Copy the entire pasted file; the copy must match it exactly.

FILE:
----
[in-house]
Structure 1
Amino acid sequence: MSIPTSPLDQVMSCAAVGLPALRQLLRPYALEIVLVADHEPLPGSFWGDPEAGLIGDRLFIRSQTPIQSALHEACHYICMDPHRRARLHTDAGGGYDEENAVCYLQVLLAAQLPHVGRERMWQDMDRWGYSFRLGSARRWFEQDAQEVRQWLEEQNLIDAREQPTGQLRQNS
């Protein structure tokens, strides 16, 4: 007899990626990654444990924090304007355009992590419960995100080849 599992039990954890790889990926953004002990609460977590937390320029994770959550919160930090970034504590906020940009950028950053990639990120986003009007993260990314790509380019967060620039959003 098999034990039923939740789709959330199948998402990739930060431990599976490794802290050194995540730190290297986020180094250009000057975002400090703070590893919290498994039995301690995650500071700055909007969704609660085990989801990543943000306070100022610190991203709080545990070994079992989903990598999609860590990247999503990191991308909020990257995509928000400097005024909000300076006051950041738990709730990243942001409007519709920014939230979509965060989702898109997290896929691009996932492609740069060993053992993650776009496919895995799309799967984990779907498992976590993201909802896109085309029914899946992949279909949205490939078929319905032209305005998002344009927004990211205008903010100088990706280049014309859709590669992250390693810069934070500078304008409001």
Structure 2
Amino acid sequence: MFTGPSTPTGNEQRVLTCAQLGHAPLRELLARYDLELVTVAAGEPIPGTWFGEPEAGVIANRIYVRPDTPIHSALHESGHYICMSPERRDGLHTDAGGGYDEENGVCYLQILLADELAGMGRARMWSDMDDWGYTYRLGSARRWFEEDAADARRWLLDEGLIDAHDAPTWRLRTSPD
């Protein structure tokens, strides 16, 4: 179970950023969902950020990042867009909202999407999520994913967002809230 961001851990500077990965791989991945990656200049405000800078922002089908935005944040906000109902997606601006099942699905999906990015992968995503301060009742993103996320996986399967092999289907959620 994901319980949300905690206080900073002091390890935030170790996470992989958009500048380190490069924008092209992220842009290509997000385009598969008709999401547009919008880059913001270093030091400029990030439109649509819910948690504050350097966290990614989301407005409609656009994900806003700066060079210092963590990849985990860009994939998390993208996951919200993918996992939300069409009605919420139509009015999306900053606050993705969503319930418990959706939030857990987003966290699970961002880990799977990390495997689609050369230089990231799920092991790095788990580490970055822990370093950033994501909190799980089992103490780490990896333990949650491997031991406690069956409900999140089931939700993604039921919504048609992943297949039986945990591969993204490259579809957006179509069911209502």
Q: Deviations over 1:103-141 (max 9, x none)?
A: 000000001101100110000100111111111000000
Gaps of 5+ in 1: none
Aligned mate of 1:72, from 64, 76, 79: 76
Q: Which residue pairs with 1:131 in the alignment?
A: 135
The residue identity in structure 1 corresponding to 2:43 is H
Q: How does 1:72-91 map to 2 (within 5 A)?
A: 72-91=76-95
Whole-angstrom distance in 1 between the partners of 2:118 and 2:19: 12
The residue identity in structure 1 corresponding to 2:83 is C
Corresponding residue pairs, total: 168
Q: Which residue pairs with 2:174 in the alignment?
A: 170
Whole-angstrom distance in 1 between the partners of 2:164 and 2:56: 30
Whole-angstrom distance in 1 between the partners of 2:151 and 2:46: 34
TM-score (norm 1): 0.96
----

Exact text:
[in-house]
Structure 1
Amino acid sequence: MSIPTSPLDQVMSCAAVGLPALRQLLRPYALEIVLVADHEPLPGSFWGDPEAGLIGDRLFIRSQTPIQSALHEACHYICMDPHRRARLHTDAGGGYDEENAVCYLQVLLAAQLPHVGRERMWQDMDRWGYSFRLGSARRWFEQDAQEVRQWLEEQNLIDAREQPTGQLRQNS
């Protein structure tokens, strides 16, 4: 007899990626990654444990924090304007355009992590419960995100080849 599992039990954890790889990926953004002990609460977590937390320029994770959550919160930090970034504590906020940009950028950053990639990120986003009007993260990314790509380019967060620039959003 098999034990039923939740789709959330199948998402990739930060431990599976490794802290050194995540730190290297986020180094250009000057975002400090703070590893919290498994039995301690995650500071700055909007969704609660085990989801990543943000306070100022610190991203709080545990070994079992989903990598999609860590990247999503990191991308909020990257995509928000400097005024909000300076006051950041738990709730990243942001409007519709920014939230979509965060989702898109997290896929691009996932492609740069060993053992993650776009496919895995799309799967984990779907498992976590993201909802896109085309029914899946992949279909949205490939078929319905032209305005998002344009927004990211205008903010100088990706280049014309859709590669992250390693810069934070500078304008409001």
Structure 2
Amino acid sequence: MFTGPSTPTGNEQRVLTCAQLGHAPLRELLARYDLELVTVAAGEPIPGTWFGEPEAGVIANRIYVRPDTPIHSALHESGHYICMSPERRDGLHTDAGGGYDEENGVCYLQILLADELAGMGRARMWSDMDDWGYTYRLGSARRWFEEDAADARRWLLDEGLIDAHDAPTWRLRTSPD
């Protein structure tokens, strides 16, 4: 179970950023969902950020990042867009909202999407999520994913967002809230 961001851990500077990965791989991945990656200049405000800078922002089908935005944040906000109902997606601006099942699905999906990015992968995503301060009742993103996320996986399967092999289907959620 994901319980949300905690206080900073002091390890935030170790996470992989958009500048380190490069924008092209992220842009290509997000385009598969008709999401547009919008880059913001270093030091400029990030439109649509819910948690504050350097966290990614989301407005409609656009994900806003700066060079210092963590990849985990860009994939998390993208996951919200993918996992939300069409009605919420139509009015999306900053606050993705969503319930418990959706939030857990987003966290699970961002880990799977990390495997689609050369230089990231799920092991790095788990580490970055822990370093950033994501909190799980089992103490780490990896333990949650491997031991406690069956409900999140089931939700993604039921919504048609992943297949039986945990591969993204490259579809957006179509069911209502």
Q: Deviations over 1:103-141 (max 9, x none)?
A: 000000001101100110000100111111111000000
Gaps of 5+ in 1: none
Aligned mate of 1:72, from 64, 76, 79: 76
Q: Which residue pairs with 1:131 in the alignment?
A: 135
The residue identity in structure 1 corresponding to 2:43 is H
Q: How does 1:72-91 map to 2 (within 5 A)?
A: 72-91=76-95
Whole-angstrom distance in 1 between the partners of 2:118 and 2:19: 12
The residue identity in structure 1 corresponding to 2:83 is C
Corresponding residue pairs, total: 168
Q: Which residue pairs with 2:174 in the alignment?
A: 170
Whole-angstrom distance in 1 between the partners of 2:164 and 2:56: 30
Whole-angstrom distance in 1 between the partners of 2:151 and 2:46: 34
TM-score (norm 1): 0.96